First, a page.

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What Can and Cannot Be Discharged In Bankruptcy?

Bankruptcy is a powerful legal tool that can wipe out or greatly reduce consumer debt. Through Chapter 7 or Chapter 13 bankruptcy, a debtor has a chance at a fresh start and can begin rebuilding credit promptly.


Not all debts can be discharged in bankruptcy. It is important to recognize the distinction of which debts are and are not dischargeable. The experienced Ohio bankruptcy attorneys at Fesenmyer Cousino Weinzimmer can help you recognize which debts may be discharged and determine what is the best Chapter for you to file.

In general, the following unsecured debts are dischargeable: credit card debt, personal loans, medical debt and other consumer debts.

  • Secured debts such as home mortgage payments and car loan payments can be included in the discharge, but if you are behind on payments the lien holders will likely repossess or foreclosure on that asset. Therefore, most debtors filing bankruptcy who want to keep their houses and cars incorporate repayment of missed payments into a Chapter 13 bankruptcy repayment plan.
  • The following financial obligations are generally not dischargeable: student loans, back taxes, court fines/fees, and child support arrearages.

There are two major forms of bankruptcy, and you need to consider which is right for you.

In the case of a Chapter 7 bankruptcy, qualifying debts are discharged within a few months, but if debts are considered nondischargeable, you will still be responsible for repaying them after your bankruptcy. Chapter 7 bankruptcy is a good option for people with limited income who can no longer afford to repay their debts such as credit card bills, medical bills, utilities, payday loans or personal loans.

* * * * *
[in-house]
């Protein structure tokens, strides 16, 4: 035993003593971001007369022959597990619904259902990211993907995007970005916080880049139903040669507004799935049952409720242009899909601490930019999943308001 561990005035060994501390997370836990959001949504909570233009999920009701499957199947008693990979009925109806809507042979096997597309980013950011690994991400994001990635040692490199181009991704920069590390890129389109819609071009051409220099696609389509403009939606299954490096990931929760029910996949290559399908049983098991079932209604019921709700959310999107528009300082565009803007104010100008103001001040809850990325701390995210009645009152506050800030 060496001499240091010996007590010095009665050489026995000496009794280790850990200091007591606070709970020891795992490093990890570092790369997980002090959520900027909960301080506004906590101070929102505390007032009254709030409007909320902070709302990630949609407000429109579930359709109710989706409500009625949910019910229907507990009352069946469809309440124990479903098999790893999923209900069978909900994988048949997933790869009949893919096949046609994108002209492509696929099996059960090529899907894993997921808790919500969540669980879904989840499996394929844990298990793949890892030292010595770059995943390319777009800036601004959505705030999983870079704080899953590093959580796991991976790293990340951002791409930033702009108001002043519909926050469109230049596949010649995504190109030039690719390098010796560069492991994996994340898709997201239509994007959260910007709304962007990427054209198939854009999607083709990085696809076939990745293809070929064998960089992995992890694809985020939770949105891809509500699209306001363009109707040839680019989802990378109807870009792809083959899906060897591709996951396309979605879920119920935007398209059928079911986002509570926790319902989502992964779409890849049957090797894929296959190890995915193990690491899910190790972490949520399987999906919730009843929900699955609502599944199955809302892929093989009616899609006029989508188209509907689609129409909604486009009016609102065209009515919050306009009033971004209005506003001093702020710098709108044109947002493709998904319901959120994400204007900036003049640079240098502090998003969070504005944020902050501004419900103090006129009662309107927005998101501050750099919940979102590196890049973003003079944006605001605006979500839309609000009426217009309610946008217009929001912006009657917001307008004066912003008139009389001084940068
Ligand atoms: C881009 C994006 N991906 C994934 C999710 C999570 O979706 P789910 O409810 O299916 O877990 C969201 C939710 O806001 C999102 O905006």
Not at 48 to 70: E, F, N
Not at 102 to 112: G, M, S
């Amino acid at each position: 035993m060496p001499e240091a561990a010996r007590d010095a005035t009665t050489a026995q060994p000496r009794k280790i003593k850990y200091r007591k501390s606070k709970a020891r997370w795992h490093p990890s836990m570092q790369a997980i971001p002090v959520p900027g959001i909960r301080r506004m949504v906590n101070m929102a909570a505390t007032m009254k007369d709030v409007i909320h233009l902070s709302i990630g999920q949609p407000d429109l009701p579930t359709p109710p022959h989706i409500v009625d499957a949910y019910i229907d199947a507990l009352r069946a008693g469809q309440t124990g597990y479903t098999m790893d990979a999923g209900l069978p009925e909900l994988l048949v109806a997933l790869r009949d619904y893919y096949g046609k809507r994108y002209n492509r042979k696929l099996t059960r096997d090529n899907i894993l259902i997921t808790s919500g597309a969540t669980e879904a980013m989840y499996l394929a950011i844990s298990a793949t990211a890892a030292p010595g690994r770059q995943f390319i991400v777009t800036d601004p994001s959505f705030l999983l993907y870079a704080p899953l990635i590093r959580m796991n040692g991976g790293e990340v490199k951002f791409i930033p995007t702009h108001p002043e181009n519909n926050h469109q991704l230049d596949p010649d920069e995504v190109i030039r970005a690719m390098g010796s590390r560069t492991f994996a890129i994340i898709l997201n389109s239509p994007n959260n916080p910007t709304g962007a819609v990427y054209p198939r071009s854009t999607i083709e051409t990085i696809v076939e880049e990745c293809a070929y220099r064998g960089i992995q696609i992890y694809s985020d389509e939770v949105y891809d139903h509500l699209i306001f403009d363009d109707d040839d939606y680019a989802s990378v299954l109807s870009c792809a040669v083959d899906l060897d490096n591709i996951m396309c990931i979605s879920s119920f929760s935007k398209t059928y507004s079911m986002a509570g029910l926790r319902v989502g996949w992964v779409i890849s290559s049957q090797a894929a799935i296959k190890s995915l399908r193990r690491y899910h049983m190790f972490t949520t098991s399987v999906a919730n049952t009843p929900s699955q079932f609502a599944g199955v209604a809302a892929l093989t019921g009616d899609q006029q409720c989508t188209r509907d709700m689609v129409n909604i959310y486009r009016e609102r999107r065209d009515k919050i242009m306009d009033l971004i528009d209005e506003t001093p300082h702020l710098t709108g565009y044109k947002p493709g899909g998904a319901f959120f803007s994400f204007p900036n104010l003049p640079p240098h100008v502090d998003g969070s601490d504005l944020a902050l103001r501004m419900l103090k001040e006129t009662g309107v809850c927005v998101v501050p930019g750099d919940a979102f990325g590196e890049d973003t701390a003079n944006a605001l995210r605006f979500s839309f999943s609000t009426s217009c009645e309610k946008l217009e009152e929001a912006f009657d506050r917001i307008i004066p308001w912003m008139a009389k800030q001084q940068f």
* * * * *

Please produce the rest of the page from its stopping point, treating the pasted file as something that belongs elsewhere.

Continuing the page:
In a Chapter 13 bankruptcy, debts are reorganized and repaid over a three- to five-year period. A Chapter 13 repayment plan allows you to repay nondischargeable debts affordably, without the pressure of debt collection activity such as lawsuits, wage garnishment or creditor harassment. It is important to note that you will need to be able to afford these payments to have a successful Chapter 13. A Chapter 13 bankruptcy is typically utilized to cure arrearage on secured debts. Therefore, if you are behind on a mortgage or vehicle loan that you want to keep then a Chapter 13 bankruptcy might be the best option for you.

Secured debts such as unpaid mortgage arrearages and back car loan payments are prioritized in the Chapter 13 repayment plan. Unsecured debt is paid at a designated percentage and any unpaid amount is typically discharged at the end of the repayment plan.

Furthermore, some debts may be non-dischargeable in bankruptcy if the creditor challenges your request to discharge them. Creditors may challenge dischargability if you incurred the debt fraudulently, you incurred the debt within 90 days of filing for bankruptcy, or the debt was owed under a divorce decree or settlement.

A personalized review of your circumstances with an experienced bankruptcy lawyer is the best way to understand what bankruptcy can and cannot accomplish in your case. Plan now to reclaim control of your financial future. Take advantage of a free initial consultation with a lawyer at Fesenmyer Cousino Weinzimmer at one of our offices in Columbus, Dayton or Cincinnati.
Our Ohio bankruptcy lawyers are prepared to evaluate your financial situation and find the best form of debt relief suitable to your goals and circumstances.
Send an inquiry by email or call 614-228-4435 (Columbus), 937-222-7472 (Dayton), or 877-654-5297 (Cincinnati).

We are a debt relief agency. We help people file for bankruptcy relief under the Bankruptcy Code.

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